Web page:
December 09, 2008 @ 5:25 PM PST
Cateogory: Rants


Quoth numerodix on December 10, 2008 @ 9:27 PM PST

My experience was not quite so grim, there is no god lurking in Norwegian classrooms. But the computer science portion is right on. Growing up I badly wanted to have a computer class (I didn't really know what programming was or if I wanted to do it back then) but there was no such thing. In junior high (age 14) I picked a computer class elective. It was a room full of 386/486 machines running DOS, and a couple of Pentiums. There was a single computer in the library that had internet access, and once I figured out I could book it every time we had class with a note form the teacher, I did. The "curriculum" of that class was pathetic, and people spent the whole time playing games on the few Pentiums that were capable of it.

In high school we had something called "IT" which was part economics, part "IT". As in "how do you create a two column layout in Word". Excel formulae, that was the peak of the course. No programming, no compsci.

And then people like us (not me in particular, I actually quite dislike this attitude), our peers, complain that "people are idiots about computers, they don't know anything". Well, is it any wonder?

Steven Oliver
Quoth Steven Oliver on December 11, 2008 @ 1:25 AM PST

While this might look bad for science, not accepting evolution doesn't really have much to do with math.

Quoth Stuart on December 11, 2008 @ 2:15 PM PST

The overall biggest problem is just absolutely unqualified teachers being put into positions where they can't be fired even though they barely teach anything and let students do whatever they want. I can only think of three or four teachers I had in my entire high school career who ever required the class to do real work, and it's those that I really appreciate because I actually learned stuff.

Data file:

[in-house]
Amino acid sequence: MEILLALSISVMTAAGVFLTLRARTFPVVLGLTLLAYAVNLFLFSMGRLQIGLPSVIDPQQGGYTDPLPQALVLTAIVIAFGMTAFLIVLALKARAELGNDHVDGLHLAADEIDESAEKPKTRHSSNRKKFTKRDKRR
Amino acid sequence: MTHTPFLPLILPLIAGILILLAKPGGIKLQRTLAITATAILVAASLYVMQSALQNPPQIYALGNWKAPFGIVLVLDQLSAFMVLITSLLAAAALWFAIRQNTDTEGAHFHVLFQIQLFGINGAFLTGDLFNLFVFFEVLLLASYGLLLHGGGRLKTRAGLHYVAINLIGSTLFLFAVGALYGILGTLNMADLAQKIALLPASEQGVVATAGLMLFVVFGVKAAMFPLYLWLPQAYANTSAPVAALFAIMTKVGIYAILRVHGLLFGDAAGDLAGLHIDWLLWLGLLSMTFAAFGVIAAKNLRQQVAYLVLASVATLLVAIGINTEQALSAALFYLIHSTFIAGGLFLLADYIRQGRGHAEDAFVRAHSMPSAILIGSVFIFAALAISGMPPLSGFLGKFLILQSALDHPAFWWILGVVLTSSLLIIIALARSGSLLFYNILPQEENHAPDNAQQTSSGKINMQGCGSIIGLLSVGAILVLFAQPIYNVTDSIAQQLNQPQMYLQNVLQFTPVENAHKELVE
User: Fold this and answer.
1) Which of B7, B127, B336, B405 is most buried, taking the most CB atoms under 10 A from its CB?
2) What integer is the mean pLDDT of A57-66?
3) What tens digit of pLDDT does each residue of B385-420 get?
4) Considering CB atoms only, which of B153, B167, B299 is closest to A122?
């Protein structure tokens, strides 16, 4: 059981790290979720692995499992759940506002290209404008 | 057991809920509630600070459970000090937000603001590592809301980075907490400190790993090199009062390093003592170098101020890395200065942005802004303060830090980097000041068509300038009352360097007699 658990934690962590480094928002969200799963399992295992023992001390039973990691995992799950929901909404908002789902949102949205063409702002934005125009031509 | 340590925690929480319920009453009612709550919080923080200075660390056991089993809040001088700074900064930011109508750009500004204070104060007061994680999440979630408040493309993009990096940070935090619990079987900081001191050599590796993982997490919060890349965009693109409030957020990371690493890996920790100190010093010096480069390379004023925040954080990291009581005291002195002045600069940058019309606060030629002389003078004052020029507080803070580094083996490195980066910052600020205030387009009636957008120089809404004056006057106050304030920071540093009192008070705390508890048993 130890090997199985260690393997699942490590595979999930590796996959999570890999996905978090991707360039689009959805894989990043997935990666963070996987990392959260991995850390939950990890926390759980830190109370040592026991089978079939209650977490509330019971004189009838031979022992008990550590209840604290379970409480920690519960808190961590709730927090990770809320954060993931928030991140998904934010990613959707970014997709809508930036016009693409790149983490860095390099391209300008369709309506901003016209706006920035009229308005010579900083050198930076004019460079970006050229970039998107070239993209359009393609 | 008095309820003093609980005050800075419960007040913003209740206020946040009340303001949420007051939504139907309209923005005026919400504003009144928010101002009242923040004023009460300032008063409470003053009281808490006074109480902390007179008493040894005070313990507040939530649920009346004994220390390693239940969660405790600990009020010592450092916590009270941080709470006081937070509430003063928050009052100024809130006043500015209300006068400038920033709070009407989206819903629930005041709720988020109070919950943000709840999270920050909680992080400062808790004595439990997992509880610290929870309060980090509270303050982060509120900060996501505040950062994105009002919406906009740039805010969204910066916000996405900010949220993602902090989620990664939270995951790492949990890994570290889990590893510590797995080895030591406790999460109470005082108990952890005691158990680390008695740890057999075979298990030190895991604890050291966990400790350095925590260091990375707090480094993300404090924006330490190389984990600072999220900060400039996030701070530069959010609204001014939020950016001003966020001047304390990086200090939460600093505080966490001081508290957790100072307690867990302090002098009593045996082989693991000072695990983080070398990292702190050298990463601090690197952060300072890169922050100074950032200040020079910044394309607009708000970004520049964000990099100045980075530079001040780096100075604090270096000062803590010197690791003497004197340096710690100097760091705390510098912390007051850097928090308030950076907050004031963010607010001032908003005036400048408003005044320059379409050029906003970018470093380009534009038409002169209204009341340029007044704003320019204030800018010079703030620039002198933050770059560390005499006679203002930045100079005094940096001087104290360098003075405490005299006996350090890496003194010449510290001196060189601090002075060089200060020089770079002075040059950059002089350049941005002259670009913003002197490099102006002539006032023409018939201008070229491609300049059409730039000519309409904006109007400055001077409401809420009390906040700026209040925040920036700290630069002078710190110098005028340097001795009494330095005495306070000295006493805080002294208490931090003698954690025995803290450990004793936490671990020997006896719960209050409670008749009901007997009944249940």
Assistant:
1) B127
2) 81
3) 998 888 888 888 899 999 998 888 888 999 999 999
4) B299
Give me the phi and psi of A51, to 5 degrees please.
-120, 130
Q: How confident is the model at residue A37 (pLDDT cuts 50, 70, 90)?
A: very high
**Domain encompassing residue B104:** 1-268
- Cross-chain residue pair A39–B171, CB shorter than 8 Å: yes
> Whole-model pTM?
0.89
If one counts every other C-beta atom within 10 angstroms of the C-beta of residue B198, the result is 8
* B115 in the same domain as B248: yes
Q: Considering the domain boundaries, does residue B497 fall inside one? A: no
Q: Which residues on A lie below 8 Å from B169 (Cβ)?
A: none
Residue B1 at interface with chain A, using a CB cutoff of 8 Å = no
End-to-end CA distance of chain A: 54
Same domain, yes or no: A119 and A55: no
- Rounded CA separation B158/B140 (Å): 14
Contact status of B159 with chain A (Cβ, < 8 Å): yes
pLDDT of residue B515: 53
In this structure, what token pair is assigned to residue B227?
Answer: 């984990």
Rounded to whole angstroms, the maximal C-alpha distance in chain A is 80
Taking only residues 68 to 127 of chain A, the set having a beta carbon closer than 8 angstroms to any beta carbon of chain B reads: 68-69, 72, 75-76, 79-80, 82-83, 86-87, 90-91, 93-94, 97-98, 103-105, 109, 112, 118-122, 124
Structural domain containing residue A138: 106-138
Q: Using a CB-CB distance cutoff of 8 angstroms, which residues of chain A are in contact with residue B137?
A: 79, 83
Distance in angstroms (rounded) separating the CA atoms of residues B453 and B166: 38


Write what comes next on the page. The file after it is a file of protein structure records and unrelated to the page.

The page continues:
I had others who were just infuriatingly self-important while being horrible teachers. One teacher I had for psychology went on at the beginning of the semester about how it was a college-level class that she expecte college-level work out of, etc. All of the assignments were the class "notes", in-class papers that we had to read about a section out of the book to do, and all of the tests were open note and basically verbatum questions. She did yearbook, and if anyone was in her yearbook class they could get away with anything - days where the entire class period was dedicated to doing the assignments that took a whopping five minutes to do but these kids would just sit around talking bullshit. Then when the test came and they didn't have the notes, she'd let them go out in the hall and do them then take the test the next day with no penalty. There are other examples very similar to this but she was by far the one that annoyed me the most with how she believed herself to be so absolutely vital to the educational process while contributing nothing to the development of any of her students; in fact, she was making them worse.

There's a new superintendant in DC that's trying to kick out teachers like this and has fired something like 200 underperforming teachers since she was sworn in, and when I read about her I just wished something like that would happen in my town so we could stop cranking out lazy idiots and maybe have a school system that molds young minds so they're ready to contribute to the world.